Home Arts Unesco chief pledges to help rebuild Ukraine’s heritage and culture, but $6.9 billion investment needed

Unesco chief pledges to help rebuild Ukraine’s heritage and culture, but $6.9 billion investment needed

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The Unesco director-general has pledged to help rebuild Ukraine’s shattered cultural sector after visiting the war-torn country earlier this week. During her visit, Audrey Azoulay told Ukrainian President Volodymyr Zelensky that “to rebuild but also to redress the situation, it will be necessary to invest 6.9 billion dollars in the cultural sector in Ukraine over the next ten years”, indicates a press release. of Unesco. .

Azoulay carried out a two-day mission in Ukraine, visiting kyiv, Chernihiv and Odessa, reaffirming “the organization’s support for the population [as well as] advancing the reconstruction of the country’s cultural sector”.

A detailed Unesco report outlines the huge overall cost of cultural recovery and reconstruction in Ukraine, estimating “short-term needs” (2023-26) at $2.3 billion and “long-term needs”. medium and long term” (2027-2033) at 4.6 dollars. billion, totaling $6.9 billion.

“The first stage should include damage assessment and documentation, emergency measures for immovable and movable cultural property (including removal of debris), stabilization and conservation measures for cultural property, management storage, preparation plans and immediate preservation to prevent further loss and looting,” the report states.

Azoulay inside the Chernihiv Regional Youth Center

©UNESCO/Dmytro Kuyznietsov

A comprehensive recovery plan is needed to rebuild the sector, the document adds. “This plan should include alignment with international standards, strengthened legal protection and governance, the development of protocols and guidelines for the protection and recovery of cultural heritage, and a comprehensive digital architecture to document and manage cultural property”.

In a series of tweets, Azoulay described his itinerary in Ukraine, highlighting recent emergency measures by Unesco, including “the mobilization of more than 10 million dollars to strengthen its response to the educational emergency”. [in the country]”.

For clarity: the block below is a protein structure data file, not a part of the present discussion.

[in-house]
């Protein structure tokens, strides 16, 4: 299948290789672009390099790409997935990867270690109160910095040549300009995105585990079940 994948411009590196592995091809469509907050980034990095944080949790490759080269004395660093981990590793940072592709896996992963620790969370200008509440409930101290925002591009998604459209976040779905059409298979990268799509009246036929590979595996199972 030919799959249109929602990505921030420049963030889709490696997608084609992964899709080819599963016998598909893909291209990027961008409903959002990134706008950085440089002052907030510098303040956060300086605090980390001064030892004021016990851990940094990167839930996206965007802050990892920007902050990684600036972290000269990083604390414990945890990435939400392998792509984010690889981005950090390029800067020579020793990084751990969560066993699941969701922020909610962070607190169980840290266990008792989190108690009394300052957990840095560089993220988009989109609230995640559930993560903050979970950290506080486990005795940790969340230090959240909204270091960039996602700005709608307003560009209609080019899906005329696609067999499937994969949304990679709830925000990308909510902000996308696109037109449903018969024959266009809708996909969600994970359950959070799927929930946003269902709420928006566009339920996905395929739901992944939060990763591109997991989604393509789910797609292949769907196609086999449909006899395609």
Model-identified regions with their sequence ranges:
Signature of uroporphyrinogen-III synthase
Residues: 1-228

Unesco will also offer a series of practical training sessions on site reconstruction for Ukrainian architects, conservators and urban planners, it added on social media. Unesco continues to document and assess damage to Ukrainian cultural sites since the war began in February last year.

In the northern city of Chernihiv, Azoulay announced that “Unesco will develop this year with the authorities a complete project for the rehabilitation of the historic center, included on the indicative list of the country’s world heritage”.

Odessa Plaque World Heritage Listing

©UNESCO/Dmytro Kuyznietsov

In February, Unesco voted to add the historic city center of the Ukrainian port city of Odessa to its list of endangered World Heritage Sites. The cosmopolitan city, which has ancient Greek roots and was under Ottoman control for centuries, is known for its architectural landmarks such as the Odessa Opera House and the giant harbor staircase immortalized in Sergei Eisenstein’s 1925 silent film . Battleship Potemkin.

Russia’s Unesco commission, however, said in a statement that the decision to grant Odessa endangered species status was “politically biased and scientifically unfounded” and had only been adopted with the support of a minority. “It should be clarified that the only threat to this city with a rich history comes from the Ukrainian nationalist regime, which has systematically destroyed the monuments to the great founders and defenders of Odessa, namely Empress Catherine II and her associates.” he added.

“Following registration [of Odesa]Unesco will further strengthen actions on the ground, giving priority to the preservation and digitization of artistic and documentary heritage while maintaining the protection of heritage buildings threatened by artillery fire,” Unesco said the day after of the visit to Azoulay.

He will also launch a project to improve the conservation of the collections of the Odessa Archaeological Museum with funding from the foundation of the UNESCO Goodwill Ambassador, Marc Ladreit de Lacharrière.

Our report last year, however, highlighted how the war in Ukraine underlies the tense policy of Unesco.

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